in NOV09 and jun09 when we first broke positive post crisis. We have
discussed previously the rise in Bund yields, both inflation and rate
hike-driven expectations, but we wonder that with the EFSF mechanisms
starting to show whether this is more buanced and investors are pricing
in the implicit risk transfer from periphery to core.

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The cost of protecting German
sovereign debt briefly fell
below that of
the USA late
last week but has increased
over 6bps this week alone.

Merkel and her mates won't like it but we point out that the cost of
German protection has risen 6.5bps this week alone to 45bps with Germany
shifting back to being more costly than the USA after creeping inside
briefly late last week.


Contextually

, the same theme of the last few days remains in place with vol and CDS
being derisked for lower quality names and relatively rerisked for
higher quality names. Stocks were a much more mixed bag today with
crossover names outperforming the high and low quality names on average.
Financials (monolines aside) were the only sector in which equity and
credit deteriorated together on average while equity outperformed credit
in all the others (aside from Telecoms which saw slightly more spread
compression than the equity moves would have assumed).


All-in-all

, a mixed bag that definitely didn't feel as positive in vol or credit
as stocks made it look and even though index values improved, we remains
cautious. Our
credit-equity disconnect gauge

has reverted back to fair, bottom-up, and while top-down we still see room in our
ETF Arb

, the z-scores have come in and we will start to consider lifting the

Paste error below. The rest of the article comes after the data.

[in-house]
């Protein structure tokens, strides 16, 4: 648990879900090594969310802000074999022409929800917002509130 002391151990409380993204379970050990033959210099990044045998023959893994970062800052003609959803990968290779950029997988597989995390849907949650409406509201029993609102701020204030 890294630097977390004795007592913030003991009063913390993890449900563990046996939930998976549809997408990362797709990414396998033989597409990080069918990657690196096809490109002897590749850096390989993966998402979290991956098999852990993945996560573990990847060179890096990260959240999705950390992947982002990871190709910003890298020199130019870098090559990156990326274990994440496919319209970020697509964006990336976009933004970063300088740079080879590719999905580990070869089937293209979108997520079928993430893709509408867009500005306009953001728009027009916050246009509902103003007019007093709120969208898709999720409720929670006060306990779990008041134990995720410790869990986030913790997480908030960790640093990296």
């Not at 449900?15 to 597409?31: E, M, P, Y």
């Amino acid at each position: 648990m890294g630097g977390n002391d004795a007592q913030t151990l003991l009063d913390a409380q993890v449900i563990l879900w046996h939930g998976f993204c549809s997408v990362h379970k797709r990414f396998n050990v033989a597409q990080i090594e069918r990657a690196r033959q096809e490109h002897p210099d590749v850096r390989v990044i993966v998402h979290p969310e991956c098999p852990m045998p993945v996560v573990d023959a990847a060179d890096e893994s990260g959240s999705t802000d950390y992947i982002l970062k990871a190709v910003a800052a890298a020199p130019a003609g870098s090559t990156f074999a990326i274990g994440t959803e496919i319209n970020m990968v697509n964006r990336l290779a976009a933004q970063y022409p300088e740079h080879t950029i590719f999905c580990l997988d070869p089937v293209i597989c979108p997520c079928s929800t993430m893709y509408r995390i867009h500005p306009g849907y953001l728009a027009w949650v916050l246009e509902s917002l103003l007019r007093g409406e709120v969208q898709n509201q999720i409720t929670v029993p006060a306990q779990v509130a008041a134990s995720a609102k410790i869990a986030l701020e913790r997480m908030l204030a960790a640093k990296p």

trade at a healthy profit early next week (short at $17.4, closed at
$15.5).


Europe

What can we say - bloodbath. Denmark was the lone sovereign CDS market
that did not deteriorate today (though liquidity there is anything but
clear in credit land) as the PIIGS rose 20bps on average to an average
of 540bps with Greece the stand out as they started to sell off islands
and boats (sarcasm sorry) and their 5Y CDS broke 1150bps (157bps wider
on the week) and the cash markets crushed in the short-end with even 2Y
blowing out (only to be followed late in the US day with some ridiculous
comment that debt levels ARE sustainable). Ireland was not pretty
either and Spain broke above 230bps back to mid March levels and notably
pulling away from Italy.

This obviously impacted SovX (the most liquid credit index represneting
sovereign risk in Europe) as it popped 5bps to 177.5bps (and intrinsics
over 6bps). GDP-weighted sovereign risk in Europe rose another 4bps
today to 124bps (17bps on the week!) and yet the EUR (vs the USD) fell
only 50pips or so on the week (perhaps reflecting the relative
perceptions of these two currencies better than structural weakness in
the Euro-zone - though of course this morning's inflation data over
there didn't help).

The sovereign fears spread (rightly so) to financials and we saw
subordinated financial debt spreads jump a little more (especially
relative to seniors). Banks were the worst hit but it is starting to
leak into non-financials once again also as the trend of Main Ex-FINLs
(the most liquid corporate credit index in Europe) actually increased in
risk the last 2 days along with its financials brother. XOver did not
shift so much, perhaps due to a lesser financial-contagion aspect but
Dixons managed some solid gains that spurred it on and rather
surprisingly given Greece's situation, Hellenic Telecoms was also a
solid performer on the day. CEEMEA was mixed with no real theme among
the names but it outperformed SovX


Asia

Good overnight performance in Asian corporates and sovereigns - perhaps
as all attention focused on Europe and pulled our bleeding eyeballs from
Fukushima. ITRX Japan (Japanese corporate credit index) recovered